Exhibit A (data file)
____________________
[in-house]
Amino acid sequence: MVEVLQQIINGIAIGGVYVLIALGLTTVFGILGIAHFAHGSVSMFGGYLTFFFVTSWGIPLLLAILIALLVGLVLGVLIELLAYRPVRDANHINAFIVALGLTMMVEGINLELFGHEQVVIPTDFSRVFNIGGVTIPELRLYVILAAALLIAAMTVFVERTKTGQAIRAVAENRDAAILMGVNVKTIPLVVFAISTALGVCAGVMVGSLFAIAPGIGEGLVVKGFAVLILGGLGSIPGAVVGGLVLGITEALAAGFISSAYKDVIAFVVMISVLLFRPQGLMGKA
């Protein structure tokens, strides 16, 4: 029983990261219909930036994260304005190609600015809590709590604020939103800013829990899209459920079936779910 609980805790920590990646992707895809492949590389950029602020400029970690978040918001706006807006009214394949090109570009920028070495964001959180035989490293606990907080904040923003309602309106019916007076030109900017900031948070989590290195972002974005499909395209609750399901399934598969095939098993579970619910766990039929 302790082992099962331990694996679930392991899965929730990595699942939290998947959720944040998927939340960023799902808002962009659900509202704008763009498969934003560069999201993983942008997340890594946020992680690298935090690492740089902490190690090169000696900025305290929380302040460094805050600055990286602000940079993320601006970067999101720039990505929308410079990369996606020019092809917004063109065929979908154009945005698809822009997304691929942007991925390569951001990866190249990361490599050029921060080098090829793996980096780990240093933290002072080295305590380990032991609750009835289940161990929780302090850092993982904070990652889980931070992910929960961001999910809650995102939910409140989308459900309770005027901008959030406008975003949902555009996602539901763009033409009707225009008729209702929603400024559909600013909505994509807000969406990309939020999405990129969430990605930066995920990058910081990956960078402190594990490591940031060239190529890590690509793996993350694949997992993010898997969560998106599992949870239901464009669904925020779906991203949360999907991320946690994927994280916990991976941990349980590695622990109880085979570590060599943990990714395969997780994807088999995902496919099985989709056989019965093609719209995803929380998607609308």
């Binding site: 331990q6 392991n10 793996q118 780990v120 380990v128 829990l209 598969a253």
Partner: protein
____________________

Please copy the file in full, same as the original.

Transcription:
[in-house]
Amino acid sequence: MVEVLQQIINGIAIGGVYVLIALGLTTVFGILGIAHFAHGSVSMFGGYLTFFFVTSWGIPLLLAILIALLVGLVLGVLIELLAYRPVRDANHINAFIVALGLTMMVEGINLELFGHEQVVIPTDFSRVFNIGGVTIPELRLYVILAAALLIAAMTVFVERTKTGQAIRAVAENRDAAILMGVNVKTIPLVVFAISTALGVCAGVMVGSLFAIAPGIGEGLVVKGFAVLILGGLGSIPGAVVGGLVLGITEALAAGFISSAYKDVIAFVVMISVLLFRPQGLMGKA
């Protein structure tokens, strides 16, 4: 029983990261219909930036994260304005190609600015809590709590604020939103800013829990899209459920079936779910 609980805790920590990646992707895809492949590389950029602020400029970690978040918001706006807006009214394949090109570009920028070495964001959180035989490293606990907080904040923003309602309106019916007076030109900017900031948070989590290195972002974005499909395209609750399901399934598969095939098993579970619910766990039929 302790082992099962331990694996679930392991899965929730990595699942939290998947959720944040998927939340960023799902808002962009659900509202704008763009498969934003560069999201993983942008997340890594946020992680690298935090690492740089902490190690090169000696900025305290929380302040460094805050600055990286602000940079993320601006970067999101720039990505929308410079990369996606020019092809917004063109065929979908154009945005698809822009997304691929942007991925390569951001990866190249990361490599050029921060080098090829793996980096780990240093933290002072080295305590380990032991609750009835289940161990929780302090850092993982904070990652889980931070992910929960961001999910809650995102939910409140989308459900309770005027901008959030406008975003949902555009996602539901763009033409009707225009008729209702929603400024559909600013909505994509807000969406990309939020999405990129969430990605930066995920990058910081990956960078402190594990490591940031060239190529890590690509793996993350694949997992993010898997969560998106599992949870239901464009669904925020779906991203949360999907991320946690994927994280916990991976941990349980590695622990109880085979570590060599943990990714395969997780994807088999995902496919099985989709056989019965093609719209995803929380998607609308």
């Binding site: 331990q6 392991n10 793996q118 780990v120 380990v128 829990l209 598969a253």
Partner: protein